I’ll briefly explain what I have to do:
I have to connect 4 offices in different cities to each other; I therefore have to create a switchboard not only inside the company in our internal network, but also with external numbering. I would like to understand if with freepx this scenario can be implemented or if freepbx is only to create a switchboard inside the company.
FreePBX is very bad at multi-tenancy as it is a back-to-back-user-agent, it can efficiently connect two endpoints so company 1 ext 101 to company 2 ext 102 is two FreePBI and four legs. If any calls are being forwarded or bridged it gets to the point where a SIP proxy or a muti-tenant solution is likely a better option over n times x hardware. For a couple or three locations , many find it acceptable but you will have four boxes to individually manage.
Mist here would opt for cloud, the downside is your mostly tied to needing 24/7 100% network and no two locations can ever reuse a number elsewhere deployed.
IMHO a $12/month cloud solution can easily support 100 users or more
ok forgive me one last question to see if I understand. i go to a cloud i buy a voip service right? As a system I do not use freepbx, i.e. on the cloud I do not load an ubuntu instance with freepbx on it.
For example I saw a course on udemy on how to add freepbx in an aws cloud.
This solution I guess is not good.
I need to see some solutions that aws or other clouds can offer me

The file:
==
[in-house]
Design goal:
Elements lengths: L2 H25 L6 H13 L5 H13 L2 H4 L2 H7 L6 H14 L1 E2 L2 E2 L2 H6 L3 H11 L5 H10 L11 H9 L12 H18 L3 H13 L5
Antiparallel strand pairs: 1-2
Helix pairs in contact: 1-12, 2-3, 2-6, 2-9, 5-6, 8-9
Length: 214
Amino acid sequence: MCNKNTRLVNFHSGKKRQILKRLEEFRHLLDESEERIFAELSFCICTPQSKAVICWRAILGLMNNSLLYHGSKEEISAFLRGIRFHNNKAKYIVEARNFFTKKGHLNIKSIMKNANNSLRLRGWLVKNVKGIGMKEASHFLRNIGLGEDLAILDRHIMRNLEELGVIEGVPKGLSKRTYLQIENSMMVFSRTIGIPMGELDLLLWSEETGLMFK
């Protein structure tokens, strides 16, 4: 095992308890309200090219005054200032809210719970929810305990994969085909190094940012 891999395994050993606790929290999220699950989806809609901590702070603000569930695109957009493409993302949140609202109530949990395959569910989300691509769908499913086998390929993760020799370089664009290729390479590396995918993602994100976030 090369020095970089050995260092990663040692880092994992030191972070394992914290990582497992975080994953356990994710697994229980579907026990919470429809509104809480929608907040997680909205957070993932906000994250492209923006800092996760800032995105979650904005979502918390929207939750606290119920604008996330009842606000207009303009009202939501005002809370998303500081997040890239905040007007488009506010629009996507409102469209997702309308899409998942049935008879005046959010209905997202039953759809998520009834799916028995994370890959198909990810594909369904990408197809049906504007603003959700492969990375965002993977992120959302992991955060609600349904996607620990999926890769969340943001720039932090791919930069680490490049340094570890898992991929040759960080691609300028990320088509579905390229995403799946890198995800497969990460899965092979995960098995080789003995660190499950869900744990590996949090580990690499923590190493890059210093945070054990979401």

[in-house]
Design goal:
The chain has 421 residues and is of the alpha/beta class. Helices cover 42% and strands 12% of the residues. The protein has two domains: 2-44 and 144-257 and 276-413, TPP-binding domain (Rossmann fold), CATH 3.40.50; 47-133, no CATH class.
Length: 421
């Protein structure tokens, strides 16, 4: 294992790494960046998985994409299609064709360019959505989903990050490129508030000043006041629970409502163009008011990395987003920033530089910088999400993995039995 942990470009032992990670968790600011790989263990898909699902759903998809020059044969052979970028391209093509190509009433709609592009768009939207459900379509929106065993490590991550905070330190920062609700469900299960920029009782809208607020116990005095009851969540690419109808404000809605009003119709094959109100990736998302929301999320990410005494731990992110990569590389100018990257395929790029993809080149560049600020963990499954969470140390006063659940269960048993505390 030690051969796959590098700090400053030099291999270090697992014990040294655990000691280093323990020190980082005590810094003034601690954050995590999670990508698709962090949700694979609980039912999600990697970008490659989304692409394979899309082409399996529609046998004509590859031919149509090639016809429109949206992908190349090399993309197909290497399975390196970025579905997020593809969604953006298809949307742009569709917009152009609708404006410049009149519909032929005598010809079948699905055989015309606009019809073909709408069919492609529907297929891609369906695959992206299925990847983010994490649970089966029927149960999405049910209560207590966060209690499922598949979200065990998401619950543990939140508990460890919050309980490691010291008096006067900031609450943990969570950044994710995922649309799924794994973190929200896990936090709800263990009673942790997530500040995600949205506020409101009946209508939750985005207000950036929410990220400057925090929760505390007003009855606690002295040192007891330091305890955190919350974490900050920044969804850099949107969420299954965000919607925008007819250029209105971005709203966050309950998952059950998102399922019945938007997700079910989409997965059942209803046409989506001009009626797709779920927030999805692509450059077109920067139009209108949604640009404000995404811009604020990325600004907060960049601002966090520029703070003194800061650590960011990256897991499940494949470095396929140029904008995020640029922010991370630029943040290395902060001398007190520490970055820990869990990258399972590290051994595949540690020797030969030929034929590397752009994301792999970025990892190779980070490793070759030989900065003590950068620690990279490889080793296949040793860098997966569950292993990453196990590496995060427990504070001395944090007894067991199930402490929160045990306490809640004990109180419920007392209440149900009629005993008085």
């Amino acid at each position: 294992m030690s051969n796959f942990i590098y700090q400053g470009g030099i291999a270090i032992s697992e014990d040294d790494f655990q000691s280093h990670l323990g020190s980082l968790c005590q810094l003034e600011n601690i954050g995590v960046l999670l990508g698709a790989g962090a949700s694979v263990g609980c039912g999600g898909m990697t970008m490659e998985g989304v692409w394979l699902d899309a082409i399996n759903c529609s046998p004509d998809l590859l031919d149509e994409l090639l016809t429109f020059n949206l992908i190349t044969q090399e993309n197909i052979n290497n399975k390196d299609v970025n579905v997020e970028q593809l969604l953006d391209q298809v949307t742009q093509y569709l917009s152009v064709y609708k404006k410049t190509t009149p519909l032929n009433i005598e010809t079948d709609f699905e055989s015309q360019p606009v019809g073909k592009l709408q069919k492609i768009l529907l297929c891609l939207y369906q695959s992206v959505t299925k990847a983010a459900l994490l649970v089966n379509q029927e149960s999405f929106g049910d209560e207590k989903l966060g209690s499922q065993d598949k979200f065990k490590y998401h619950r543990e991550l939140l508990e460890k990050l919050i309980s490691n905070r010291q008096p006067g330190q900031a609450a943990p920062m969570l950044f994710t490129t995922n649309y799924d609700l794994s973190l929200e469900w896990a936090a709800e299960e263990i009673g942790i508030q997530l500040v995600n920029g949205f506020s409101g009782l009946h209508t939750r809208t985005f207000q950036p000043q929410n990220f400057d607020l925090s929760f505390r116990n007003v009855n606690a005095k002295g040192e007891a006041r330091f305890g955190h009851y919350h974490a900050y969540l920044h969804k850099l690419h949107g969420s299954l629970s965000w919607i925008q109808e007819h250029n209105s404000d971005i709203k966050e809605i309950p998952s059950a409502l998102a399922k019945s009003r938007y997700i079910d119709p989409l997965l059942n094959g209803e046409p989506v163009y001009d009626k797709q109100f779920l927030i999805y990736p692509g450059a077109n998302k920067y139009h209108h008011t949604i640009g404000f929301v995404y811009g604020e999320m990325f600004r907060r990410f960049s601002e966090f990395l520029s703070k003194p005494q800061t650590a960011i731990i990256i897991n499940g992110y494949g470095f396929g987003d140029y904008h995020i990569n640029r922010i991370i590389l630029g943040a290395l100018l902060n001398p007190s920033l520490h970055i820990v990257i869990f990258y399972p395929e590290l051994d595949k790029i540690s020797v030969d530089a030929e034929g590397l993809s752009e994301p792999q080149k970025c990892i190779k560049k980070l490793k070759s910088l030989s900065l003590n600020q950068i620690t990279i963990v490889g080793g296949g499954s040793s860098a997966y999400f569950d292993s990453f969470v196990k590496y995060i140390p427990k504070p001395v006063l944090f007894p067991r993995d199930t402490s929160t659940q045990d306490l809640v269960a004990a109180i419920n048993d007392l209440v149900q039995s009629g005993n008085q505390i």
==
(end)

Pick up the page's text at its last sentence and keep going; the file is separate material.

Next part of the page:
that is freepbx it is not convenient to install it on a cloud and access it via cloud eg aws
I don’t see any indication that the OP wants multi-tenancy (different organisations sharing a PABX as though each had an exclusive one).
I can’t see that FreePBX is any worse than traditional means when it comes to a tie lines solution with a PABX in each office.
Although in the cloud seems to be the preferred choice these days, a PABX per office could offer better resilience, to the extent that there is significant local traffic, and can make call quality better for intra-office calling.
No, you buy both at least one voip service and at least one cloud instance. The voip service(s) provide phone numbers and trunks to connect your extensions to the PSTN.
The cloud instance(s) has your PrivateBrancheXchange on it (which could be ‘Free’) and the PBX’s extend the TelephoneNumber space to your phones.
The PBX routes calls ‘last mile’ to and from the PSTN. The simplest is a star topology where all extensions ‘call home’ to be further connected to and from the final destination. If you involve more than one PBX then the topology gets more convoluted and the routing gets much more complex. It is almost always best to have as few legs as possible in any one call
Ok on the basis of what you said and now it is already clearer to me; so for higher quality of service is it possible to create two or three vps on one or more clouds and cluster them in a percent call load balancer?
You need to look at the threats to your business. You also need to look for single points of failure. I would suggest that multiple cloud switches would be over-engineering for most people. Components introduced for fault tolerance can often be the weak links, themselves.
In terms of resilience, the case I’m thinking of might be any business in Southern or Eastern Ukraine, at the moment. I’d suggest any business relying on cloud services there is going to be pretty close to dead in the water. But you also have to consider whether the nature of the business is such that it could otherwise survive in such circumstances.